"In the past the PSNI Chief Constable Hugh Orde has made public comment on this man's disappearance. He made a number of allegations claiming IRA involvement in this without providing any evidence. Others have subsequently ran with this line despite a statement from the IRA categorically denying any involvement in the matter.
"In light of today's revelations Hugh Orde has a duty to lift the lid on this entire case. I am demanding that he disclose the full facts surrounding this case and does not hide behind a Public Interest Immunity Certificate." ENDS
Sinn Féin Dáil leader and Finance spokesperson Caoimhghin Ó Caoláin has called on the government to use increased revenues to provide more social housing in 2004 and to reverse cutbacks in the Rent Allowance scheme. Commenting on the exchequer figures which show tax revenues coming in €450 million ahead of target, Deputy Ó Caoláin said there was "either a serious flaw in how the exchequer figures are calculated or there has been manipulation of the figures".
The Sinn Féin Dáil leader said:
"These are a remarkable set of figures but hardly surprising given past experience. The Minister for Finance promised no cutbacks before the last General Election but shortly afterwards it was revealed that plans for €900 million in public spending cuts were being prepared in his Department. Cuts were duly imposed on both subsequent budgets.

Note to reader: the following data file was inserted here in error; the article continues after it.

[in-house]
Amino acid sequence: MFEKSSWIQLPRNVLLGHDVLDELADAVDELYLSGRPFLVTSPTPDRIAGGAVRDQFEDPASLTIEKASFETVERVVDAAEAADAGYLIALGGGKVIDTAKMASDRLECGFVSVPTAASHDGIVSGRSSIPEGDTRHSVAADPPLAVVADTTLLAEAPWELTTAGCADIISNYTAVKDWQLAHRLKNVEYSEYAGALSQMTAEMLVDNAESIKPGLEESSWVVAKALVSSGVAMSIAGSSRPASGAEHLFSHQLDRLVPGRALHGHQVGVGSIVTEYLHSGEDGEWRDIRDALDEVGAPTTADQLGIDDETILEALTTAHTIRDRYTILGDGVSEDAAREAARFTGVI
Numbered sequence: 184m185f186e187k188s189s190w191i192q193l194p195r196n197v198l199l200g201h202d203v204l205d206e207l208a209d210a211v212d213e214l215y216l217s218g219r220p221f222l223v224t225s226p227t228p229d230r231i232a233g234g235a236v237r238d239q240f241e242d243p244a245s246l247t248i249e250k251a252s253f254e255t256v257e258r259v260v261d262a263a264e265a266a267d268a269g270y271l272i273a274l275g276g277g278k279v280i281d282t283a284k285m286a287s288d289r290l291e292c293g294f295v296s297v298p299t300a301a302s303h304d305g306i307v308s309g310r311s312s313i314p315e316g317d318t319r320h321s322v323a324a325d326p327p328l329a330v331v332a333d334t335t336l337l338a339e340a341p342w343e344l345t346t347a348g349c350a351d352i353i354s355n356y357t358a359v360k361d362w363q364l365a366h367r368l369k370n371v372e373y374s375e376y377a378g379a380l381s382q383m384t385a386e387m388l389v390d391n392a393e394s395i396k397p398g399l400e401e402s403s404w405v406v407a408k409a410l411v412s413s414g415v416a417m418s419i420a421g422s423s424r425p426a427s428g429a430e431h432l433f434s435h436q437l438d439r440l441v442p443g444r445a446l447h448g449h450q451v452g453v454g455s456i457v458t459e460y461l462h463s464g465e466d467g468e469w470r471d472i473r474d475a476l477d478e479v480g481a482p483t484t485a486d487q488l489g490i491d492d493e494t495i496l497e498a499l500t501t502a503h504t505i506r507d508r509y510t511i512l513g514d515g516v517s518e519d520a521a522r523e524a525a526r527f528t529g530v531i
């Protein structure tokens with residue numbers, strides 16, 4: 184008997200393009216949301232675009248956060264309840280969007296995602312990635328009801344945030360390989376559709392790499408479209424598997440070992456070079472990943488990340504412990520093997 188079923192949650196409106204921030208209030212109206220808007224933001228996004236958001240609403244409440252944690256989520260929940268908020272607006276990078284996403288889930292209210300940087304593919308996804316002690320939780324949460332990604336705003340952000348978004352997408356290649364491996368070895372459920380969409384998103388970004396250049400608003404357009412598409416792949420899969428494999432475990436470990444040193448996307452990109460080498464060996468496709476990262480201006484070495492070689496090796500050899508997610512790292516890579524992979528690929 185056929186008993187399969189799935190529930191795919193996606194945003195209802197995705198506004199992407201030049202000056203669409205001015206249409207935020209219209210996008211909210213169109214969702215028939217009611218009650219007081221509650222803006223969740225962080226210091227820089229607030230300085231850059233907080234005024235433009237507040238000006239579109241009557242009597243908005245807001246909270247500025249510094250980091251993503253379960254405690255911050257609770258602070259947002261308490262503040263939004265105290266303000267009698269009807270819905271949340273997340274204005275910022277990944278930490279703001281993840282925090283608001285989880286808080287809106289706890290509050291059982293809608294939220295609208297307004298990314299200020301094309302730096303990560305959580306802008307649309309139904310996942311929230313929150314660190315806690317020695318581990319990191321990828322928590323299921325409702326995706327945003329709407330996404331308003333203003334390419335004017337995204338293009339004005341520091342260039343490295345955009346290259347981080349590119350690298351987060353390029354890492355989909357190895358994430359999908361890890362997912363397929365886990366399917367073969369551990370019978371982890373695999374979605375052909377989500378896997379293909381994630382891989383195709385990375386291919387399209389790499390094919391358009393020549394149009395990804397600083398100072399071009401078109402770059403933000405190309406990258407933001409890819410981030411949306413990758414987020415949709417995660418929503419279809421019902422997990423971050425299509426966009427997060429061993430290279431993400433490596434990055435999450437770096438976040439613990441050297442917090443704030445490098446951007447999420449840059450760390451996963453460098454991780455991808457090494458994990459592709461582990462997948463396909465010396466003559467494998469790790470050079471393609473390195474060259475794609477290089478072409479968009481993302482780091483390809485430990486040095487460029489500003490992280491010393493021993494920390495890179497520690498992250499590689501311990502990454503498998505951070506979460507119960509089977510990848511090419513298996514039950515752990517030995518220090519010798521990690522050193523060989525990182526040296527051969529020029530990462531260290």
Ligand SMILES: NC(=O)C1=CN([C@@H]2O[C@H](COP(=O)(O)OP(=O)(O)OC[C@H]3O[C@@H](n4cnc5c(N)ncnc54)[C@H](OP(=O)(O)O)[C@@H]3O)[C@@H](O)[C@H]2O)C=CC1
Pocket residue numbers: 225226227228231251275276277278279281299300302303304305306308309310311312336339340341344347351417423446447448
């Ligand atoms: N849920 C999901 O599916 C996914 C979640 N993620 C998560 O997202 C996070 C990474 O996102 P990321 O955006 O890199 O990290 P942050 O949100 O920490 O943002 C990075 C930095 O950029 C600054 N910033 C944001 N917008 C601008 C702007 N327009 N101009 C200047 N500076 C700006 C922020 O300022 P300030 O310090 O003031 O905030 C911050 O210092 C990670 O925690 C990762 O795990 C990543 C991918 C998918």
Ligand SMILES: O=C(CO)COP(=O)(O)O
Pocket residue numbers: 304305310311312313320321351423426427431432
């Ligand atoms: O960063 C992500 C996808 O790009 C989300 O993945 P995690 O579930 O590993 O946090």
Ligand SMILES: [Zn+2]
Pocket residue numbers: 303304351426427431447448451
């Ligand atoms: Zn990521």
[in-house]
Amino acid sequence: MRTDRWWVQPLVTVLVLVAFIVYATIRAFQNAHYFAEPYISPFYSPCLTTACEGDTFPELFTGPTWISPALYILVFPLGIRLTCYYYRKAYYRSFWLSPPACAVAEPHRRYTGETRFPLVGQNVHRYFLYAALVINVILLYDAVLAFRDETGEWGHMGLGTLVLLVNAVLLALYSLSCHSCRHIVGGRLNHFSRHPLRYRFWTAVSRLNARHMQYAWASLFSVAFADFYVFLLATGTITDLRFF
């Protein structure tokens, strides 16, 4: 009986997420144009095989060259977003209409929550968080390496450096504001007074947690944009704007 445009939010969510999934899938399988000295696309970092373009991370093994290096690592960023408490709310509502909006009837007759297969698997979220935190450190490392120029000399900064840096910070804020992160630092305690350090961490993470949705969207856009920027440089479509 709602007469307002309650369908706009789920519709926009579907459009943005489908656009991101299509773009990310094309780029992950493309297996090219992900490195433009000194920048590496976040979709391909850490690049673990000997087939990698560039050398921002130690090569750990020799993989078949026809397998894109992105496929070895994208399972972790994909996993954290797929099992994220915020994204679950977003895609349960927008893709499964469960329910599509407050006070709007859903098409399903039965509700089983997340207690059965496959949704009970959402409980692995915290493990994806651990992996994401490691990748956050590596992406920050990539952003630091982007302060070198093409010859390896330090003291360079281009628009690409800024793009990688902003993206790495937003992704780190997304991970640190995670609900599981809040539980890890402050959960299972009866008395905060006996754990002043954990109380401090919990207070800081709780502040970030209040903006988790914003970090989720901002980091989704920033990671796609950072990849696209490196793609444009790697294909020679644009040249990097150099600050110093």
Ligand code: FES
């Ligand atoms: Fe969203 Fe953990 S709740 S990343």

"The substantial increases in both Stamp Duty and Capital Gains Tax now shown in the Exchequer figures are primarily being put down to the so-called buoyant housing and property market. I don‚t believe the Government should be taking any credit at all for this.
"It is clear that far from addressing the chronic housing crisis that has existed over the lifetime of this and the previous FF/PD Coalition, the Government have been content to preside over spiralling house prices in a market designed to benefit speculators and landlords. The Government now has a moral obligation to use increased revenues from this speculative and inflated market to increase the supply of social housing. It should also immediately reverse the cuts and restrictions in the Rent Allowance scheme which are driving people into homelessness."ENDS
Speaking this afternoon in advance of the launch of the International Monitoring Commission tomorrow, Sinn Féin Assembly Group leader Conor Murphy said that 'the IMC is outside the terms of the Agreement and its powers contradict democratic norms'.
Mr Murphy said:
"The International Monitoring Commission is outside the terms of the Good Friday Agreement. It is ironic that the only aspect of the Joint Declaration which the two governments have advanced upon is the IMC. They have repeatedly failed to implement their commitments on policing, demilitarisation, human rights and equality, all of which are within the terms of the Agreement.